First, I’ll admit that Titus Andronicus isn’t the greatest Shakespeare play, and I know about the dispute concerning Shakespeare’s complete authorship of the play. But it was his first Tragedy and he did write at least some of it–enough to have it included in collected works of his plays. And in recent years scholars and directors have been re-examining the play.
So, why do teachers shy away from a play whose plot has all of the blood, guts, and violence that would draw students into the work–and some of the most moving poetry in all of the plays? And why not teach a play that was made into a fascinating film, Titus, by Julie Taymor.
For a long time, I worked with students at risk of leaving high school, and I often used Titus as a way to get them started on their journey through some of Shakespeare’s plays. Just tell students that Titus had 25 sons and a daughter and you’ve got everyone’s attention–even my colleague in the next classroom! At any rate, think about Tamora as an early version of Lady Macbeth; Titus as a later King Lear; and Aaron as Iago. There are three additional plays a teacher could explore with her/his students focused on ambition, family relationships, and jealousy, among other themes. And that’s just for starters.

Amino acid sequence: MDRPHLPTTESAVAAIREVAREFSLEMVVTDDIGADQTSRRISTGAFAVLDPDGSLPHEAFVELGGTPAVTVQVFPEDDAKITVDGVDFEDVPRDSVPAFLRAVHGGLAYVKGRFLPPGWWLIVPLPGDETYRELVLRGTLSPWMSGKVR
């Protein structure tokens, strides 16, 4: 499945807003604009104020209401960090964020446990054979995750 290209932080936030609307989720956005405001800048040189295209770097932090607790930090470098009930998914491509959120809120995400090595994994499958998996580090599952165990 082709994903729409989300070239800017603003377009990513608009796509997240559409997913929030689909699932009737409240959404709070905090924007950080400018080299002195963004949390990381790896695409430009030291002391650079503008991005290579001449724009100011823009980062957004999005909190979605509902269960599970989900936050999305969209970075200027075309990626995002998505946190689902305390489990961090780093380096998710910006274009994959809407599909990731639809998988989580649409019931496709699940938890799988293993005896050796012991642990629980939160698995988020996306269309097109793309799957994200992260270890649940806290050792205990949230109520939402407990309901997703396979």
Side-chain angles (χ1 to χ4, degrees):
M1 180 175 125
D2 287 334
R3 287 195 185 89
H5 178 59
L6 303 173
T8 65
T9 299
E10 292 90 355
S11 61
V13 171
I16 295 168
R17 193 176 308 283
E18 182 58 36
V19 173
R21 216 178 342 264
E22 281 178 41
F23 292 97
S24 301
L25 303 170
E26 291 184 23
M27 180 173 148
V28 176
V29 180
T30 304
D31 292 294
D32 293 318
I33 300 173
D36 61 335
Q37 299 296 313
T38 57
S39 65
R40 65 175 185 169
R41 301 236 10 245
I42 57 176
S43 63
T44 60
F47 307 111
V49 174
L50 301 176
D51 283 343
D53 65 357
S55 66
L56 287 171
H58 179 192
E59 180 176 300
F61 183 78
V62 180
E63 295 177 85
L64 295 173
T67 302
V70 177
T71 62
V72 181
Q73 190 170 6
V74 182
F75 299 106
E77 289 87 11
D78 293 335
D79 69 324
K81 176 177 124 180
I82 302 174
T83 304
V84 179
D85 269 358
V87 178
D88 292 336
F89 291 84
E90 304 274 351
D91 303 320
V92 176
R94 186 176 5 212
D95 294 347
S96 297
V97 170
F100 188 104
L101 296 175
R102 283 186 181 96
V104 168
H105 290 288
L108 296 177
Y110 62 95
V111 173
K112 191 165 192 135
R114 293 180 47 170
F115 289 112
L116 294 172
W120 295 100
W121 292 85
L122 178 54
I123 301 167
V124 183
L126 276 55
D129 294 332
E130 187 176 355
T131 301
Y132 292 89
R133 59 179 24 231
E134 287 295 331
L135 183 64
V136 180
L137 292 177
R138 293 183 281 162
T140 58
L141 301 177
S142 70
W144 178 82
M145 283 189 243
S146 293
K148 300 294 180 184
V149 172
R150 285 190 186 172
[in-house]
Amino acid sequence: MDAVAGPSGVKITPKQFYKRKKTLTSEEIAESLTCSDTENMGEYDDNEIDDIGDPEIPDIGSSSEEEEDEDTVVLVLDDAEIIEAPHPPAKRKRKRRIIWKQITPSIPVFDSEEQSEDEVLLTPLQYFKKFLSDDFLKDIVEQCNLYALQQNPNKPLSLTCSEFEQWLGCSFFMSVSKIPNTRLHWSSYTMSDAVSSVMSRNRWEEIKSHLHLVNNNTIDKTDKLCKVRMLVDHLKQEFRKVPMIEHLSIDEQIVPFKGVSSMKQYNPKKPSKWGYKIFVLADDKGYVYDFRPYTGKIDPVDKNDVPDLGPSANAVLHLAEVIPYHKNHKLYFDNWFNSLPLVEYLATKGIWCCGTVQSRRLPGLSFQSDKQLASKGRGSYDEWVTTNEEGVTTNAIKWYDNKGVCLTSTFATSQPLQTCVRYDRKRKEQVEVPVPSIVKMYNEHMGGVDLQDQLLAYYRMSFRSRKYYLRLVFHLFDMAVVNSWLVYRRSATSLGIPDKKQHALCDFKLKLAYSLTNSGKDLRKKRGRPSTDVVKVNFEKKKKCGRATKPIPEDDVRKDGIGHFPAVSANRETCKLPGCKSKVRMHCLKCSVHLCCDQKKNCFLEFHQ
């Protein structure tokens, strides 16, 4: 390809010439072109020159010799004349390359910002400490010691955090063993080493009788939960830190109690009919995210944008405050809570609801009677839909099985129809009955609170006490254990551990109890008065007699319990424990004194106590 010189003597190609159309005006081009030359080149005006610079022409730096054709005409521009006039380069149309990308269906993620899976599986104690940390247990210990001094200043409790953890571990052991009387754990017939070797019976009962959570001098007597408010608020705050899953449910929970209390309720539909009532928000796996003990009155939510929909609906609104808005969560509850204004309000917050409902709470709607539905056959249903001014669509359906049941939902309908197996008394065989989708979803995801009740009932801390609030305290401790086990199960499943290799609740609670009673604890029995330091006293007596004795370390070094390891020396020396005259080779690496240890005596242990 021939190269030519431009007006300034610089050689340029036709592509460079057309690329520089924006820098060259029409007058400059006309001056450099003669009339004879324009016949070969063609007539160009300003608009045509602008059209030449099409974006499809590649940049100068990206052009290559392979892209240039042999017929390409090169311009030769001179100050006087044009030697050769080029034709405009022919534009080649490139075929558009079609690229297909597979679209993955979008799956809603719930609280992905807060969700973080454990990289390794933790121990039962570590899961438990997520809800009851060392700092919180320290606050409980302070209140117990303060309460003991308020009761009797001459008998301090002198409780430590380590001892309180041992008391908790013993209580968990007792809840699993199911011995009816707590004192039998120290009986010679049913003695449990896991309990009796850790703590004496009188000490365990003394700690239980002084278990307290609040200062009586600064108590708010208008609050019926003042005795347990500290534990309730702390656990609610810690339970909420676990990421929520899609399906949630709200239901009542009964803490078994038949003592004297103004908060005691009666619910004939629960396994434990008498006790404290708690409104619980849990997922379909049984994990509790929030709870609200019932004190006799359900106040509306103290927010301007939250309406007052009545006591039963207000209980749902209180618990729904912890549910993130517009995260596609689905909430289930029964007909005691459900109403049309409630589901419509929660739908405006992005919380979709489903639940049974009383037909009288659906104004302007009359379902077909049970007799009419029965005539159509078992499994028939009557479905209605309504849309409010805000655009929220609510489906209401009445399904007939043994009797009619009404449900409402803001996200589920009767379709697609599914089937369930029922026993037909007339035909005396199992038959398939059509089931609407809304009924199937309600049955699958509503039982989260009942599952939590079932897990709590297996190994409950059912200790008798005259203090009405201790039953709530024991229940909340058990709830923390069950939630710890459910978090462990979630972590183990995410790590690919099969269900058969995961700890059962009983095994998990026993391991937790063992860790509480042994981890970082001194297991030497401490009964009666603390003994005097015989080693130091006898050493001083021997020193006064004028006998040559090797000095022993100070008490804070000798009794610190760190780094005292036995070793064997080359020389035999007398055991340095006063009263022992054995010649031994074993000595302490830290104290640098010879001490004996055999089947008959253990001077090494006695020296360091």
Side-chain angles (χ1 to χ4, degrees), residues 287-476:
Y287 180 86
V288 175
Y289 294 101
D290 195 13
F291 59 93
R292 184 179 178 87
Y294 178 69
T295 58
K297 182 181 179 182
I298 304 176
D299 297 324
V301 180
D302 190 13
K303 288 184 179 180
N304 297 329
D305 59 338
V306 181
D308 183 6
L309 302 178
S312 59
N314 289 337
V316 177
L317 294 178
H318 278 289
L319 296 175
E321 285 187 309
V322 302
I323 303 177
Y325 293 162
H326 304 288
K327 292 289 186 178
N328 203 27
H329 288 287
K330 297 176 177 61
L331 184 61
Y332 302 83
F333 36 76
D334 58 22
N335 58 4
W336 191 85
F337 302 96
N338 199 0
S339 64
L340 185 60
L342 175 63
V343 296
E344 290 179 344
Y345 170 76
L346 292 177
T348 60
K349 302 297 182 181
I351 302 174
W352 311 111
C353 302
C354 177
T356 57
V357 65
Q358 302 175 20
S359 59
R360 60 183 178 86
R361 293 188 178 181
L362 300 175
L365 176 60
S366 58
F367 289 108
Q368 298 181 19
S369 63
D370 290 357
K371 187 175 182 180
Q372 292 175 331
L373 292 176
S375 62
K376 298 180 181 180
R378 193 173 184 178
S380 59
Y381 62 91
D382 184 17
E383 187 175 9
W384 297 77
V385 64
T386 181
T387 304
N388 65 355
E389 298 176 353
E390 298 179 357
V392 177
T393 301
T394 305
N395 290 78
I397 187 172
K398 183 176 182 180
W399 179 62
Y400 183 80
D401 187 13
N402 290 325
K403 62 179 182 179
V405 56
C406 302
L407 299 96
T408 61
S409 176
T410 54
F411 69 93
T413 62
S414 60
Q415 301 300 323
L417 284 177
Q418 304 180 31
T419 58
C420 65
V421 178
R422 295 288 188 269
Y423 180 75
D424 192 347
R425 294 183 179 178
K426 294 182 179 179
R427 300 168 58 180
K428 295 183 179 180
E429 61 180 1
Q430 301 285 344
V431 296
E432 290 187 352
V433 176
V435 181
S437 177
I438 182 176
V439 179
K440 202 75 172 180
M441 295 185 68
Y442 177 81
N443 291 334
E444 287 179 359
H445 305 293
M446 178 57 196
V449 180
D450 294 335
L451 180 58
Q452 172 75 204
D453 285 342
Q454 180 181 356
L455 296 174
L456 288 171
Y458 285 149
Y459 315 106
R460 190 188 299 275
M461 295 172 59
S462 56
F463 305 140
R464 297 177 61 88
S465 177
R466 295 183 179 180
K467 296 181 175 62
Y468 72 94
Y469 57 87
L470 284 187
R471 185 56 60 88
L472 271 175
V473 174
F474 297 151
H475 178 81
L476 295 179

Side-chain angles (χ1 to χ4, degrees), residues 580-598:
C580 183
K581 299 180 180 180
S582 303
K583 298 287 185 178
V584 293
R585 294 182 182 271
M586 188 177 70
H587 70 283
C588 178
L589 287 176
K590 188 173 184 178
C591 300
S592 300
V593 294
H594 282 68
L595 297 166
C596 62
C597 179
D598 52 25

It might also be good for students to read a play by one of the world’s most respected playwrights that wasn’t so good as a way to show how writers can develop over time. Who knows? There might be a student in your class who will find her/his way into a life-long relationship with the Bard’s works because of Titus Andronicus.